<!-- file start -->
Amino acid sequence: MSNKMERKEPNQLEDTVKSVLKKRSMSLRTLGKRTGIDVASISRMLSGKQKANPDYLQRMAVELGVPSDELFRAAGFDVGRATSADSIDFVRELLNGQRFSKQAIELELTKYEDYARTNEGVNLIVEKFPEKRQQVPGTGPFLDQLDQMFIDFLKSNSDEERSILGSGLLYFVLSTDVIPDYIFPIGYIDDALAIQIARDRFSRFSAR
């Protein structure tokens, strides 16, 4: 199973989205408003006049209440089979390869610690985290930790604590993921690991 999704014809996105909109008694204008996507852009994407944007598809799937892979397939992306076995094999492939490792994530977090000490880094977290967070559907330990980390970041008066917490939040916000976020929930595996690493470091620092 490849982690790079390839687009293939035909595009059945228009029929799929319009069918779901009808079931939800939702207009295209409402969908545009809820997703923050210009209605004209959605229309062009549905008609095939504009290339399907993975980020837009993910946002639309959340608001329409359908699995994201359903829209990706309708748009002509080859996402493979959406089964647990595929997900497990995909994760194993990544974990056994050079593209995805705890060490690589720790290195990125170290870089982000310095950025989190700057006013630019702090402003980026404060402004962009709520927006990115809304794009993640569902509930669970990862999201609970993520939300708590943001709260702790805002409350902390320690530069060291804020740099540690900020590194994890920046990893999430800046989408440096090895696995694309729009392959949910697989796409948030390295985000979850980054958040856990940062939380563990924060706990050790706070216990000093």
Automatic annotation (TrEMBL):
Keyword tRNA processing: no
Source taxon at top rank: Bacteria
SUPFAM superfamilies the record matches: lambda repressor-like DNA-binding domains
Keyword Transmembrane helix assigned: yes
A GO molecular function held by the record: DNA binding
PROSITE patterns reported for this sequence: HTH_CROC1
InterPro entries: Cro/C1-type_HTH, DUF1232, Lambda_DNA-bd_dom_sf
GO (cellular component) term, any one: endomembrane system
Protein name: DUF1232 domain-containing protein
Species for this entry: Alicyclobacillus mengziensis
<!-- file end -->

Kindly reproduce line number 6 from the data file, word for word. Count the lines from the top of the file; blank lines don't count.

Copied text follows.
SUPFAM superfamilies the record matches: lambda repressor-like DNA-binding domains